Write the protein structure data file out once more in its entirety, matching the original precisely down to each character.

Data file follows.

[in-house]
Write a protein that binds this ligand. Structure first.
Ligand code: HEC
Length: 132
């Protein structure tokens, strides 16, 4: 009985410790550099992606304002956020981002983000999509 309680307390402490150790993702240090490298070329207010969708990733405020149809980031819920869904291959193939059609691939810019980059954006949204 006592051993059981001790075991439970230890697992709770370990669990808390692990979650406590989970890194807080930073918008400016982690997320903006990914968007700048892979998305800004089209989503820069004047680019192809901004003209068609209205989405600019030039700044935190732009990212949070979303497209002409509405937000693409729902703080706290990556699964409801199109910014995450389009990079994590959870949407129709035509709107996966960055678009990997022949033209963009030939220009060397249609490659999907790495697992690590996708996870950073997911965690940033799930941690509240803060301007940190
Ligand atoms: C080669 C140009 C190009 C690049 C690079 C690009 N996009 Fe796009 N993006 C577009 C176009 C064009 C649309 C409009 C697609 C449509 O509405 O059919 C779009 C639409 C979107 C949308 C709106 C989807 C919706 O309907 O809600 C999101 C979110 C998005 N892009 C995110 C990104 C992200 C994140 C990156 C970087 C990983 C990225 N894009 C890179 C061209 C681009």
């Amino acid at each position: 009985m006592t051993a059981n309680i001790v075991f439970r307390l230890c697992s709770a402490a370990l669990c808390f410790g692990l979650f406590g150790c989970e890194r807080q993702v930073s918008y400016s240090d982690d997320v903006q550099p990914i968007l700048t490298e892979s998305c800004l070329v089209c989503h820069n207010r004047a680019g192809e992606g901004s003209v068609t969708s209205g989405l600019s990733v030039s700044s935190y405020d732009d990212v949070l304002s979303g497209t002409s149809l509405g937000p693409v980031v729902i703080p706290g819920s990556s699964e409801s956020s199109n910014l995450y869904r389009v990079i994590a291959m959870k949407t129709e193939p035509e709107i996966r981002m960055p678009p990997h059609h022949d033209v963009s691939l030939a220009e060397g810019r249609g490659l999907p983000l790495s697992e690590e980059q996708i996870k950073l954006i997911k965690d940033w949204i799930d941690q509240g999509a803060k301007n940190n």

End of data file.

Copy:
[in-house]
Write a protein that binds this ligand. Structure first.
Ligand code: HEC
Length: 132
């Protein structure tokens, strides 16, 4: 009985410790550099992606304002956020981002983000999509 309680307390402490150790993702240090490298070329207010969708990733405020149809980031819920869904291959193939059609691939810019980059954006949204 006592051993059981001790075991439970230890697992709770370990669990808390692990979650406590989970890194807080930073918008400016982690997320903006990914968007700048892979998305800004089209989503820069004047680019192809901004003209068609209205989405600019030039700044935190732009990212949070979303497209002409509405937000693409729902703080706290990556699964409801199109910014995450389009990079994590959870949407129709035509709107996966960055678009990997022949033209963009030939220009060397249609490659999907790495697992690590996708996870950073997911965690940033799930941690509240803060301007940190
Ligand atoms: C080669 C140009 C190009 C690049 C690079 C690009 N996009 Fe796009 N993006 C577009 C176009 C064009 C649309 C409009 C697609 C449509 O509405 O059919 C779009 C639409 C979107 C949308 C709106 C989807 C919706 O309907 O809600 C999101 C979110 C998005 N892009 C995110 C990104 C992200 C994140 C990156 C970087 C990983 C990225 N894009 C890179 C061209 C681009």
């Amino acid at each position: 009985m006592t051993a059981n309680i001790v075991f439970r307390l230890c697992s709770a402490a370990l669990c808390f410790g692990l979650f406590g150790c989970e890194r807080q993702v930073s918008y400016s240090d982690d997320v903006q550099p990914i968007l700048t490298e892979s998305c800004l070329v089209c989503h820069n207010r004047a680019g192809e992606g901004s003209v068609t969708s209205g989405l600019s990733v030039s700044s935190y405020d732009d990212v949070l304002s979303g497209t002409s149809l509405g937000p693409v980031v729902i703080p706290g819920s990556s699964e409801s956020s199109n910014l995450y869904r389009v990079i994590a291959m959870k949407t129709e193939p035509e709107i996966r981002m960055p678009p990997h059609h022949d033209v963009s691939l030939a220009e060397g810019r249609g490659l999907p983000l790495s697992e690590e980059q996708i996870k950073l954006i997911k965690d940033w949204i799930d941690q509240g999509a803060k301007n940190n």